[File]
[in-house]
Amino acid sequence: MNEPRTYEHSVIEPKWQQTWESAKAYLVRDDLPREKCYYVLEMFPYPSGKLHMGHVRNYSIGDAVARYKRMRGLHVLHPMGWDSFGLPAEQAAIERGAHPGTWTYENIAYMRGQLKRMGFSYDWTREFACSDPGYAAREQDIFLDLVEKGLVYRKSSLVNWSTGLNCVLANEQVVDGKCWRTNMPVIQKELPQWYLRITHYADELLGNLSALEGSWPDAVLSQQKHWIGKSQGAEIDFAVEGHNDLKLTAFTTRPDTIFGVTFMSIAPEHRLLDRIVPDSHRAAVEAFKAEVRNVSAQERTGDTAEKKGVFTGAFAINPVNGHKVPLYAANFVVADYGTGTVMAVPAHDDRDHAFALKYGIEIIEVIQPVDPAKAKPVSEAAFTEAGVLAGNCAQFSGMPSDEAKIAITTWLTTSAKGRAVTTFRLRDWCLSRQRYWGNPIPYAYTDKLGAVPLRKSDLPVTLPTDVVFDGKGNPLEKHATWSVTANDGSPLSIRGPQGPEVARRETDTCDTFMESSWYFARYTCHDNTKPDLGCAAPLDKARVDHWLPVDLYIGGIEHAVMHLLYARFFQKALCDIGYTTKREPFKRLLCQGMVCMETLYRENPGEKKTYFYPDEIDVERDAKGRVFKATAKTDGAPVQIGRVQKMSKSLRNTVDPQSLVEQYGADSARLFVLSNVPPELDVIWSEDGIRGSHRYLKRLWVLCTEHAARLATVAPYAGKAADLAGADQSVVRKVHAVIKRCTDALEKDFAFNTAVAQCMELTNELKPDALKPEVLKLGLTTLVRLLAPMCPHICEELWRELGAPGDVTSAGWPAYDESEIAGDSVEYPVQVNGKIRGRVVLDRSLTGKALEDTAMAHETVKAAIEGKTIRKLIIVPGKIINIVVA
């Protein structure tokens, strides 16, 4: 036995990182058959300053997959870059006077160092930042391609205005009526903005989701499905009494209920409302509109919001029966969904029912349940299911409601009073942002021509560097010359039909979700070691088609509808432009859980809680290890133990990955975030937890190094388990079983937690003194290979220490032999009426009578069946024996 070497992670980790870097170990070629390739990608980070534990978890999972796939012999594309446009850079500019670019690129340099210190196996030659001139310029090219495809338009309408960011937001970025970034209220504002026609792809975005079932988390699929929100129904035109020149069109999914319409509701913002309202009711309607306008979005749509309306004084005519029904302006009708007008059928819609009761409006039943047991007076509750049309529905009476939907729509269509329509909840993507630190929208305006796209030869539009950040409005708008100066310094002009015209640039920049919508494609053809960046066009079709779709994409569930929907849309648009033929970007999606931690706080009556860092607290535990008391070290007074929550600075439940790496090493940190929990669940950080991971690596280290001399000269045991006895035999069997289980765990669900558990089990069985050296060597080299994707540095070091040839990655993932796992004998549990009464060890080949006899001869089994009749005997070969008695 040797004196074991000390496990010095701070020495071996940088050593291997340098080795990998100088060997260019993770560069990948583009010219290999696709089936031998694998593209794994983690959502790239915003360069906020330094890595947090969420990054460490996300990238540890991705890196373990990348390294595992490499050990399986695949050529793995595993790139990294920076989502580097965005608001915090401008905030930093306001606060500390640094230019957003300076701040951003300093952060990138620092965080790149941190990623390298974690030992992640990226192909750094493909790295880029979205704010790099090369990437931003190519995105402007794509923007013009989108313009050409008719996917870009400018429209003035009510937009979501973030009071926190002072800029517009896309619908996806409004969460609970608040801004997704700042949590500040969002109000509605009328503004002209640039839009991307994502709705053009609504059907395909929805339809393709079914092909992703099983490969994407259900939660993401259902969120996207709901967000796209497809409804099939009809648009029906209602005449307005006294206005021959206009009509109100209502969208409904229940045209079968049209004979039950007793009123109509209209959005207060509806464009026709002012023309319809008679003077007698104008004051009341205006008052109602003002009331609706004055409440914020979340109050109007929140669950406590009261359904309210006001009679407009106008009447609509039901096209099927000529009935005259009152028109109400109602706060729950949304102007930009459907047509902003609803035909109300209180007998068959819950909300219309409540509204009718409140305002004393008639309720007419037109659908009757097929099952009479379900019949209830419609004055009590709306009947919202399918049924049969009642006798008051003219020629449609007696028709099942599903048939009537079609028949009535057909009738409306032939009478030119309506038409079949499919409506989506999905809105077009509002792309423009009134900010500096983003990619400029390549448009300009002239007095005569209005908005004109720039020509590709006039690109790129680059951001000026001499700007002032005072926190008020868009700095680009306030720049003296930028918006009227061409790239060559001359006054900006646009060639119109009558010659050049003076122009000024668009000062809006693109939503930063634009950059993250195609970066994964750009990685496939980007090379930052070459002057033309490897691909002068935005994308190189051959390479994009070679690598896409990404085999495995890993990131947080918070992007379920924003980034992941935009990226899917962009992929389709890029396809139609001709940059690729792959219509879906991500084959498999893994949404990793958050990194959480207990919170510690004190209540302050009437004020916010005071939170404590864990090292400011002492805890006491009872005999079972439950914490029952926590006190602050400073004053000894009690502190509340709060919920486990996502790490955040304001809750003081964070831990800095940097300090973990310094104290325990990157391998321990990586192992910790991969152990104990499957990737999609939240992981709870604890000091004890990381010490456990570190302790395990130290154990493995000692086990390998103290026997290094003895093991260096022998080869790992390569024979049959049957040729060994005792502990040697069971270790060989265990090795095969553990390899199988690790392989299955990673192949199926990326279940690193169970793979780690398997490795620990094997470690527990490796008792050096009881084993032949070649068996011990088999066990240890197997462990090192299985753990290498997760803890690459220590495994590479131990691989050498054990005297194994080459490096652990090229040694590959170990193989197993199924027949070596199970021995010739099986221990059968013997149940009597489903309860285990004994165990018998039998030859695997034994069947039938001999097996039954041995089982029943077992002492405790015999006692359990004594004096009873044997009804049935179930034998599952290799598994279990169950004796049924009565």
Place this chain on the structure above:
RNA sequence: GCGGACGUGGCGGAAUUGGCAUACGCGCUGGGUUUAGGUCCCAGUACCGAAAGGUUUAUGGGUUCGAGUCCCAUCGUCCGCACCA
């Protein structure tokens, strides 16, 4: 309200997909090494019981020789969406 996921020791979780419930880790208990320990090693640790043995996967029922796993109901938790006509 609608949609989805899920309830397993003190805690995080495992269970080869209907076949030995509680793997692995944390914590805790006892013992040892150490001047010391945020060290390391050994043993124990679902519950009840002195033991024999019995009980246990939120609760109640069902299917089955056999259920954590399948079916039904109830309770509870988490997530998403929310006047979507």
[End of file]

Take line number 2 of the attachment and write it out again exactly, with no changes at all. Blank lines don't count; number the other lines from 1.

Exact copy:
Amino acid sequence: MNEPRTYEHSVIEPKWQQTWESAKAYLVRDDLPREKCYYVLEMFPYPSGKLHMGHVRNYSIGDAVARYKRMRGLHVLHPMGWDSFGLPAEQAAIERGAHPGTWTYENIAYMRGQLKRMGFSYDWTREFACSDPGYAAREQDIFLDLVEKGLVYRKSSLVNWSTGLNCVLANEQVVDGKCWRTNMPVIQKELPQWYLRITHYADELLGNLSALEGSWPDAVLSQQKHWIGKSQGAEIDFAVEGHNDLKLTAFTTRPDTIFGVTFMSIAPEHRLLDRIVPDSHRAAVEAFKAEVRNVSAQERTGDTAEKKGVFTGAFAINPVNGHKVPLYAANFVVADYGTGTVMAVPAHDDRDHAFALKYGIEIIEVIQPVDPAKAKPVSEAAFTEAGVLAGNCAQFSGMPSDEAKIAITTWLTTSAKGRAVTTFRLRDWCLSRQRYWGNPIPYAYTDKLGAVPLRKSDLPVTLPTDVVFDGKGNPLEKHATWSVTANDGSPLSIRGPQGPEVARRETDTCDTFMESSWYFARYTCHDNTKPDLGCAAPLDKARVDHWLPVDLYIGGIEHAVMHLLYARFFQKALCDIGYTTKREPFKRLLCQGMVCMETLYRENPGEKKTYFYPDEIDVERDAKGRVFKATAKTDGAPVQIGRVQKMSKSLRNTVDPQSLVEQYGADSARLFVLSNVPPELDVIWSEDGIRGSHRYLKRLWVLCTEHAARLATVAPYAGKAADLAGADQSVVRKVHAVIKRCTDALEKDFAFNTAVAQCMELTNELKPDALKPEVLKLGLTTLVRLLAPMCPHICEELWRELGAPGDVTSAGWPAYDESEIAGDSVEYPVQVNGKIRGRVVLDRSLTGKALEDTAMAHETVKAAIEGKTIRKLIIVPGKIINIVVA